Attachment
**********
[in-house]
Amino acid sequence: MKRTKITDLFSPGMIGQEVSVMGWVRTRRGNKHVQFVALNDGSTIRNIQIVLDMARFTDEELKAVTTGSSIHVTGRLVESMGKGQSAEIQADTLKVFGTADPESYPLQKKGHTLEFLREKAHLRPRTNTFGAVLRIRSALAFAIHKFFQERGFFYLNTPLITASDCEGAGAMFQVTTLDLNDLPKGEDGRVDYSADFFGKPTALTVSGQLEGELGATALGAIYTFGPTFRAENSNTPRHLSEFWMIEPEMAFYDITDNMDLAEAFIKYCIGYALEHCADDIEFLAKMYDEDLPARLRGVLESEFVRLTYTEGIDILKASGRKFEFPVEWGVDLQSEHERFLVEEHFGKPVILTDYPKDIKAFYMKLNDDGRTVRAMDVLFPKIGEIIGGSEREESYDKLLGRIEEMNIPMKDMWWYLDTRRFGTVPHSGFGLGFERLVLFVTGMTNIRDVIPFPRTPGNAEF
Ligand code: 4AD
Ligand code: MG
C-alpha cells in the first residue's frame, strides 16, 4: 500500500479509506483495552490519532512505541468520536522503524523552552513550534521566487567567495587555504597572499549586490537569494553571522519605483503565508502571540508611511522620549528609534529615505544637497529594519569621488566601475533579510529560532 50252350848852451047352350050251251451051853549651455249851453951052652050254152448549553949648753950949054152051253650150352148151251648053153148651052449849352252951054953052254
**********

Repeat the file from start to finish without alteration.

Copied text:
[in-house]
Amino acid sequence: MKRTKITDLFSPGMIGQEVSVMGWVRTRRGNKHVQFVALNDGSTIRNIQIVLDMARFTDEELKAVTTGSSIHVTGRLVESMGKGQSAEIQADTLKVFGTADPESYPLQKKGHTLEFLREKAHLRPRTNTFGAVLRIRSALAFAIHKFFQERGFFYLNTPLITASDCEGAGAMFQVTTLDLNDLPKGEDGRVDYSADFFGKPTALTVSGQLEGELGATALGAIYTFGPTFRAENSNTPRHLSEFWMIEPEMAFYDITDNMDLAEAFIKYCIGYALEHCADDIEFLAKMYDEDLPARLRGVLESEFVRLTYTEGIDILKASGRKFEFPVEWGVDLQSEHERFLVEEHFGKPVILTDYPKDIKAFYMKLNDDGRTVRAMDVLFPKIGEIIGGSEREESYDKLLGRIEEMNIPMKDMWWYLDTRRFGTVPHSGFGLGFERLVLFVTGMTNIRDVIPFPRTPGNAEF
Ligand code: 4AD
Ligand code: MG
C-alpha cells in the first residue's frame, strides 16, 4: 500500500479509506483495552490519532512505541468520536522503524523552552513550534521566487567567495587555504597572499549586490537569494553571522519605483503565508502571540508611511522620549528609534529615505544637497529594519569621488566601475533579510529560532 50252350848852451047352350050251251451051853549651455249851453951052652050254152448549553949648753950949054152051253650150352148151251648053153148651052449849352252951054953052254